Tuesday, January 06, 2009

A closer look at the Packers defensive coaching massacre

Were the Packers right to fire so many defensive coaches in one fell swoop, as happened over the last two days? According to a poll in today's online Milwaukee Journal-Sentinel, 88% of more than 3,500 people responding so far give a resounding "Yes!".

But beyond that, what do we make of this? According to yet another great article by sports writer and Packers analyst Bob McGinn in the Journal-Sentinel, the purging of the defensive staff is of historic proportions. McGinn writes, "Other than a regime change involving an entire staff, the Packers have never witnessed anything like this from a sitting coach."

Given the massive bloodletting that went on -- McGinn's article recounts prior coaching purges over the decades -- there is a bit of a curious note to it all: neither head coach Mike McCarthy or GM Ted Thompson met with the press or even agreed to answer questions about the firings. The announcements came in the form of a news release only.

So far, none of the fired coaches has made any statements.

One of the facts to emerge is that there was apparently a split in the defensive coaching staff that started early in the season. McGinn reports, basically, that there was a faction on the same page with defensive coordinator Bob Sanders and another faction on board with linebackers coach/assistant head coach Winston Moss. Basically, Moss and some others didn't like the scheme Sanders was running.

Local Wisconsin sports radio and pundits have obviously been kicking this topic around since the news broke. One reporter made the comment that head coaches typically don't get more than 2 bad years in a row before they themselves are shown the door. The point was made that with this major house cleaning on the defensive side of the board, McCarthy will be pulling out all the stops to make sure this dismal season is not repeated because, as the reporter said, "the wolves will be at his door then."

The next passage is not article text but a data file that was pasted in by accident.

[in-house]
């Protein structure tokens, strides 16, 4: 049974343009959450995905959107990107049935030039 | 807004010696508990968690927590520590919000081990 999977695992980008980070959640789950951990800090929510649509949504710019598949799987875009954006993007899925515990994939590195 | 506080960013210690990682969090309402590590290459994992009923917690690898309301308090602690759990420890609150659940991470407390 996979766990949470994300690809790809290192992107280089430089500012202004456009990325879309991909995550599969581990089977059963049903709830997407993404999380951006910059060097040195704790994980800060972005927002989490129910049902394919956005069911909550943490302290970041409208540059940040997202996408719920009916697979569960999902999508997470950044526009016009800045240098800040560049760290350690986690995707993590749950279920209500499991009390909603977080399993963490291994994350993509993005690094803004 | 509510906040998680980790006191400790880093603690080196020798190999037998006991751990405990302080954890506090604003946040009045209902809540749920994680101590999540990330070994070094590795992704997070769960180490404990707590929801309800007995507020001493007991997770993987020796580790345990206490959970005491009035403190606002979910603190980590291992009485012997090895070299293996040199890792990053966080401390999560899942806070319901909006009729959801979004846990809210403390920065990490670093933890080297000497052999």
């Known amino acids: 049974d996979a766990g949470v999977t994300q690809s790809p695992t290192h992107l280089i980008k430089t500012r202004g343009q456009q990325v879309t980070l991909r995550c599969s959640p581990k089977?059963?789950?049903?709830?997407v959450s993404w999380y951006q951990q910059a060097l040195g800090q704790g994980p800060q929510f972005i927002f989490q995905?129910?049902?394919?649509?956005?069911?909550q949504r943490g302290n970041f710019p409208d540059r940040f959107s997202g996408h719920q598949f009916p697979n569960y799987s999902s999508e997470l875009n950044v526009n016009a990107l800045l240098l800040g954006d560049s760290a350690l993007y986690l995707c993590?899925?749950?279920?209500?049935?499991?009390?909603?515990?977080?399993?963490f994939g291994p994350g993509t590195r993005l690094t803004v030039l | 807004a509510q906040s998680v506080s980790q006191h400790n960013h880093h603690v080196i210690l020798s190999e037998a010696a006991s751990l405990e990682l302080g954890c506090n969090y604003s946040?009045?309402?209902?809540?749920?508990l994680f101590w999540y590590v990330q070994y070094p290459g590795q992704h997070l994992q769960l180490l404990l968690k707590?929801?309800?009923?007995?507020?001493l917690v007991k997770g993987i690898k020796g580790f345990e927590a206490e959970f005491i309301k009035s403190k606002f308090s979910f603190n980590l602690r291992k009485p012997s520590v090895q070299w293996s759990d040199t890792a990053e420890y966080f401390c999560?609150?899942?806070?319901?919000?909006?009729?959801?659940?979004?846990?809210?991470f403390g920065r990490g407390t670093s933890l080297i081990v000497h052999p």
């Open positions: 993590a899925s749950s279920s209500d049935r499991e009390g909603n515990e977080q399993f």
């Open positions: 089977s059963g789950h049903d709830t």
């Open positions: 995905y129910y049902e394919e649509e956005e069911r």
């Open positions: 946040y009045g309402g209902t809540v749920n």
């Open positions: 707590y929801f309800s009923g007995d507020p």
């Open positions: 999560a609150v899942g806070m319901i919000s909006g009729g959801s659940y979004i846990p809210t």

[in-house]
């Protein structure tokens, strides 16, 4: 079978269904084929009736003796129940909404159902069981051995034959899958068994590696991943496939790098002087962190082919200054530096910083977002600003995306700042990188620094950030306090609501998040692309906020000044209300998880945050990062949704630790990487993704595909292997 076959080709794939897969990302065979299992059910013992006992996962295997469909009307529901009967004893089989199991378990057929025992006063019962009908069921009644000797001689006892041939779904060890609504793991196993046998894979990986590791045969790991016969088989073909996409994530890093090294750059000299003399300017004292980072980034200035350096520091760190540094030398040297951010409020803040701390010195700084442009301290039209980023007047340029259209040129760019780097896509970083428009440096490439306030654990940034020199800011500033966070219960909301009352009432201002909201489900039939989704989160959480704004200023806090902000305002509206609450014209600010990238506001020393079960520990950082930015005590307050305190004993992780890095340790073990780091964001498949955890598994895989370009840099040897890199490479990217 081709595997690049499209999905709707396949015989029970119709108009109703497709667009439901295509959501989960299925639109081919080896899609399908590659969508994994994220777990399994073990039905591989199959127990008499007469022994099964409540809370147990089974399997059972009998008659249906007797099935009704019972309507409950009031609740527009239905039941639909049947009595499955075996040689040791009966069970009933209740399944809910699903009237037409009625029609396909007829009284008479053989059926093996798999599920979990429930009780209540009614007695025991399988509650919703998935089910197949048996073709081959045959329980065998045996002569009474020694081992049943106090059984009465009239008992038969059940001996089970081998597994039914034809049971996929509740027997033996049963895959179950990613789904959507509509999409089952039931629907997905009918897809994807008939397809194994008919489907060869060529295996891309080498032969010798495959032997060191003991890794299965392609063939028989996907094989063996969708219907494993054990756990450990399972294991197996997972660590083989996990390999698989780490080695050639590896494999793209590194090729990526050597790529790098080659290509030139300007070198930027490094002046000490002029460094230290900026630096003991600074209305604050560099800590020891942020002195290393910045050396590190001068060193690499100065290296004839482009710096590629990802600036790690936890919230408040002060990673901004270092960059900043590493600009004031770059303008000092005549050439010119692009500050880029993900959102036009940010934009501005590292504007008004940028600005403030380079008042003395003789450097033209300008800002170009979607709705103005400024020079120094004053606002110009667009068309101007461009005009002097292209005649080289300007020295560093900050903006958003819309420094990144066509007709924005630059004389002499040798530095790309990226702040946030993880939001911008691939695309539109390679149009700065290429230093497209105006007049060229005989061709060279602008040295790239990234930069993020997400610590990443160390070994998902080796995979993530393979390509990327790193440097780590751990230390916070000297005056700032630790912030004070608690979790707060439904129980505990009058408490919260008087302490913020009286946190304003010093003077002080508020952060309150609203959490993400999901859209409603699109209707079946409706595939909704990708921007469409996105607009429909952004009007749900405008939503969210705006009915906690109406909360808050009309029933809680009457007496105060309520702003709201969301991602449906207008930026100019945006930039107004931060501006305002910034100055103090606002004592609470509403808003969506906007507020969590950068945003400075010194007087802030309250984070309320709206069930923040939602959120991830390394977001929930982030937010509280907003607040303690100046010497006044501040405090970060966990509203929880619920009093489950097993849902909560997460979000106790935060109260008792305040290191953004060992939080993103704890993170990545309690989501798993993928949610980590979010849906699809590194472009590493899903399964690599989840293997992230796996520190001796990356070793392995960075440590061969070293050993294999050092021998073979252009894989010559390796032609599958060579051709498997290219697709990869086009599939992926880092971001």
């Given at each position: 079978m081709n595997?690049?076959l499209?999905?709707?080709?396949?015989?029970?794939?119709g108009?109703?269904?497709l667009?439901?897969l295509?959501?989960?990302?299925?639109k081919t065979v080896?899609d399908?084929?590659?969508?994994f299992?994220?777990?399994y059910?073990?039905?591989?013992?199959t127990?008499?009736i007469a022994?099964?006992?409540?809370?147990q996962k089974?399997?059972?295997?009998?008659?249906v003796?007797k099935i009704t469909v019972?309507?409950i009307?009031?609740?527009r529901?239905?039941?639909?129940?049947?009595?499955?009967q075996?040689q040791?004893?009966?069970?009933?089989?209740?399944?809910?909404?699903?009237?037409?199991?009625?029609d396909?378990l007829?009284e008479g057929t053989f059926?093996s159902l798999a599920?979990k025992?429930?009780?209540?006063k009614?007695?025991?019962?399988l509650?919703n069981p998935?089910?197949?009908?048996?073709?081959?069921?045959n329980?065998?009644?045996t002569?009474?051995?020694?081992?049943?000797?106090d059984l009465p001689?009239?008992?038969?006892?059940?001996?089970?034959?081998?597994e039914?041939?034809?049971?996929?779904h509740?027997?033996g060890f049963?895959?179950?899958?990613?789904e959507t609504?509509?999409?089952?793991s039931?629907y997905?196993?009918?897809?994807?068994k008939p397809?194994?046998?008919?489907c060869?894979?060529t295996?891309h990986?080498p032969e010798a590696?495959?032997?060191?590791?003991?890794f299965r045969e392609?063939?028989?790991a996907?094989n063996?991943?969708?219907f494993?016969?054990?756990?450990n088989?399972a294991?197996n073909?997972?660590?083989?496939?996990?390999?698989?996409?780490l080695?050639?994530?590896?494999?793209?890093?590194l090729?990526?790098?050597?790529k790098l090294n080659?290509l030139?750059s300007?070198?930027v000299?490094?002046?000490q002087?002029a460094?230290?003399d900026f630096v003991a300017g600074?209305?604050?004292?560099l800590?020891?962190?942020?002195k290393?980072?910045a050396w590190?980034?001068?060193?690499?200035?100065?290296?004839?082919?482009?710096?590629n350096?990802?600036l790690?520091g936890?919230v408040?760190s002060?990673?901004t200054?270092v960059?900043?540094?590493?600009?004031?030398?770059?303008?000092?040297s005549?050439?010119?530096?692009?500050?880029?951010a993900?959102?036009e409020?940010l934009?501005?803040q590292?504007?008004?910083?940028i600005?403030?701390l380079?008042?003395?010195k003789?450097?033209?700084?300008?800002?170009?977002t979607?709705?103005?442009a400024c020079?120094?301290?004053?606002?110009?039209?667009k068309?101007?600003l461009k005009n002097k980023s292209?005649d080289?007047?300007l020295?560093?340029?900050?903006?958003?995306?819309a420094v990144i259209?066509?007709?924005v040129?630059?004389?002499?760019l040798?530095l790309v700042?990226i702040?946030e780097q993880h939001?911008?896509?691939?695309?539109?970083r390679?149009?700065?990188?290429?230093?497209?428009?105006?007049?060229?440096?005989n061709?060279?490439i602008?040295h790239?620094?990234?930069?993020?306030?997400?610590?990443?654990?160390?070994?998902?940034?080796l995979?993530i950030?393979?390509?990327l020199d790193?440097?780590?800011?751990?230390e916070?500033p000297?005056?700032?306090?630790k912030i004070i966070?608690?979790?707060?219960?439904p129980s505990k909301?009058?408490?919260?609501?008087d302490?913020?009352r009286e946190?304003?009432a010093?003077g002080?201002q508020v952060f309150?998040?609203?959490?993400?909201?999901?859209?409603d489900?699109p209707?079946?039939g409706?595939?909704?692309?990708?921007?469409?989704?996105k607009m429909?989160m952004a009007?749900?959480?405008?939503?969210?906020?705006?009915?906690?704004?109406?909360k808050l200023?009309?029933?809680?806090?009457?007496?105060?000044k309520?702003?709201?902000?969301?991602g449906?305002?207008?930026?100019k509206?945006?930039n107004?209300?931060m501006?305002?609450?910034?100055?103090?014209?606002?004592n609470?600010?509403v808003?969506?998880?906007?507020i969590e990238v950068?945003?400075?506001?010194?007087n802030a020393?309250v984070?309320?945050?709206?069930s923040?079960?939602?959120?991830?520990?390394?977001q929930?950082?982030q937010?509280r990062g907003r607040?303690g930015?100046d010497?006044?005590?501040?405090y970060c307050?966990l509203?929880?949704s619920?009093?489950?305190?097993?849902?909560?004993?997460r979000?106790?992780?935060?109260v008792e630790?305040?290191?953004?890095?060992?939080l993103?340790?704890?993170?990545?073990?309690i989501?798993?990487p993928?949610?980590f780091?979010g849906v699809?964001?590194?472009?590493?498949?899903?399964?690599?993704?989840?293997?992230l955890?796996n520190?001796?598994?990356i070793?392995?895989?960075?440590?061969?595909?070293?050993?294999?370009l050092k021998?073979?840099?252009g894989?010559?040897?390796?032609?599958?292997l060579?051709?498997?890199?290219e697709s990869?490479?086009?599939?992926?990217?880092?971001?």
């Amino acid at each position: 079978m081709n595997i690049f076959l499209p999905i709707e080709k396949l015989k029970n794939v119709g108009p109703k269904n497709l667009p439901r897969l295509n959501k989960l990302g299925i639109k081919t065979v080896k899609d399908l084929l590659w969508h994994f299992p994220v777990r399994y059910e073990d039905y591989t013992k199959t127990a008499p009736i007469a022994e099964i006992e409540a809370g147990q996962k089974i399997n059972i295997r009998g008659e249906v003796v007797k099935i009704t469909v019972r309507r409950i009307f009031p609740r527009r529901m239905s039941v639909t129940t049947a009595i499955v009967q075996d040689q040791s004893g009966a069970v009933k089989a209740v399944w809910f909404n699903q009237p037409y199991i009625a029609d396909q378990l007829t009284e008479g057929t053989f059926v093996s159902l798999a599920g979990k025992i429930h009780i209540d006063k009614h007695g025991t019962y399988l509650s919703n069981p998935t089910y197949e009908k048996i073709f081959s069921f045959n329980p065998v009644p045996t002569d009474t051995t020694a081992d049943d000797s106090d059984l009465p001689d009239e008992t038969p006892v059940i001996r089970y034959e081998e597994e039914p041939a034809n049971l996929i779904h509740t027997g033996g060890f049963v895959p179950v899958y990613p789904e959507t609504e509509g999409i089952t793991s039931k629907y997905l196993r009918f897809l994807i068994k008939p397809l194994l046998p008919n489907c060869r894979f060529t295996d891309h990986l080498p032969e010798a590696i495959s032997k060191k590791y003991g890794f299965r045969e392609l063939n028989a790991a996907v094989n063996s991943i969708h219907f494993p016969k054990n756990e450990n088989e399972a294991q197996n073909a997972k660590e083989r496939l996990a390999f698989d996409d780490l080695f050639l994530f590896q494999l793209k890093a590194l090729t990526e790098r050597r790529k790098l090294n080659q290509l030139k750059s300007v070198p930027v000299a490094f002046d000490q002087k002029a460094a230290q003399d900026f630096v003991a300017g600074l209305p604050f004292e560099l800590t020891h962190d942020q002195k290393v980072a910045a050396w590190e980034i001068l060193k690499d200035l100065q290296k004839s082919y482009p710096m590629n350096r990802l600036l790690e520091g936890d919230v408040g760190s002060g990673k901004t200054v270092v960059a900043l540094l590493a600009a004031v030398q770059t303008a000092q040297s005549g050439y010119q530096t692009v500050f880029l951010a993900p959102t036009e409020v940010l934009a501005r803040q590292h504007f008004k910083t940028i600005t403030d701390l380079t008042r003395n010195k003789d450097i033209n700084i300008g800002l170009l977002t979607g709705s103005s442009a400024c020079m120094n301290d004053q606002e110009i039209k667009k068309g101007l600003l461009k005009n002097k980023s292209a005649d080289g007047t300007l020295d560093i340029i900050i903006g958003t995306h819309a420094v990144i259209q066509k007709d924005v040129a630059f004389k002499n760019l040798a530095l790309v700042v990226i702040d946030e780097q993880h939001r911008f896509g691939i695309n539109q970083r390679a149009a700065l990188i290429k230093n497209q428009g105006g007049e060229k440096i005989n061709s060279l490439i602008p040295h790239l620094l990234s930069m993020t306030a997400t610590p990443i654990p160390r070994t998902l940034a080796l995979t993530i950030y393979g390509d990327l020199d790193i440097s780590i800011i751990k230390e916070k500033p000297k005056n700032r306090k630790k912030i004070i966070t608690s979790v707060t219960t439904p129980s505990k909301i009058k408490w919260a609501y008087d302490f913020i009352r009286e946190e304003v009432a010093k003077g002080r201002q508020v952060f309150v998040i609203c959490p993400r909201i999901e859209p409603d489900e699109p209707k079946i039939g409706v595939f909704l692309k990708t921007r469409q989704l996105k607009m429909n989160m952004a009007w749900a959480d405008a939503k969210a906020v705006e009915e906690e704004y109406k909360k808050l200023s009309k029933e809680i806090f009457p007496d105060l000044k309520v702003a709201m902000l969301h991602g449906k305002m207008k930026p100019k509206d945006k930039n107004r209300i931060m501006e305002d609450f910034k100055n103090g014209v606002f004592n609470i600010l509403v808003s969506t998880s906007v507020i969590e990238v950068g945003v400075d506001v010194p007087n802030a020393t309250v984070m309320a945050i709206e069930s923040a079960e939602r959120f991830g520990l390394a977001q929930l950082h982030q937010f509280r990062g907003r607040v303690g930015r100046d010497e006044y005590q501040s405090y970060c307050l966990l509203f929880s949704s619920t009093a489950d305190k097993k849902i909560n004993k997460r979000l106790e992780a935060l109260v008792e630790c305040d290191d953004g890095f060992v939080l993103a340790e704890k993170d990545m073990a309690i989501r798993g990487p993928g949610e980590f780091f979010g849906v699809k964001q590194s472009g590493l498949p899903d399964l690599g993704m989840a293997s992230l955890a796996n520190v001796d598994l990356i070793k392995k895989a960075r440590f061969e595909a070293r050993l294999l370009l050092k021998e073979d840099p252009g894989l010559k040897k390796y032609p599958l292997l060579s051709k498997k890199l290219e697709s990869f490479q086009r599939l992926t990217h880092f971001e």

Related to this, though, is the whole topic of personnel. Wayne Larrivee, the radio voice of the Packers, was interviewed about the situation and made the point that by cleaning out most of the defensive coaches the new coordinator will be free to build his own team of assistants. That might also mean a change in scheme from 4-3 to 3-4. If so, Larrivee pointed out, that has personnel implications because players suited to the one scheme usually are not suited to the other. Larrivee offered the example of Corey Williams, who was arguably the key Packers defensive lineman in 2007. As we also know, he was traded to Cleveland after the season for a second round pick after the Pack had placed the franchise tag on him. Larrivee noted that Williams was great in the Packers 4-3 scheme, but his production was not the same this past season in Cleveland's 3-4 scheme. Interesting.

Whoever gets the defensive coordinator job will have a huge task ahead of them. They will need to assemble a staff, devise a scheme, and make sure the right players are in the right places to make it all click. If it falls flat, the head coach and a lot of others might also be putting their homes up for sale in and around Green Bay.

You can read McGinn's article here. Like all his articles, it's well worth the read.

Lots of coaches available
The good news for the Packers in this situation is that it's a buyer's market, so to speak. There are a lot of excellent, experienced coaches available. Among the names being floated, along with the un-fired Winston Moss, is former San Francisco 49ers coach Mike Nolan who was the defensive coordinator with Baltimore before heading west to become San Francisco's head coach. Nolan is also the guy who hired Mike McCarthy to be his offensive coordinator and then also allowed him to get interviewed for the Packers head coaching job a year later. Reports are that Nolan looks like the leading candidate for the job but there are no certainties of any kind at this point in the process and there may well be several factors working against Nolan, including cost.

Cost also factors in the discussion of a few other possible coordinators. Gregg Williams who was with Jacksonville and Washington over the last few years is in the mix, as is Eagles secondary coach Sean McDermott. Some reports indicate that McDermott could be a hot property given his long tenure under Eagles defensive guru Jim Johnson. But the Pack can't talk to him as he is still under contract with the Eagles and could only do so with the team's permission once Philly is done playing.

Former Detroit head coach Rod Marinelli is available, as is Jim Haslett. There are other possibilities as well. You can read more about all the candidates here.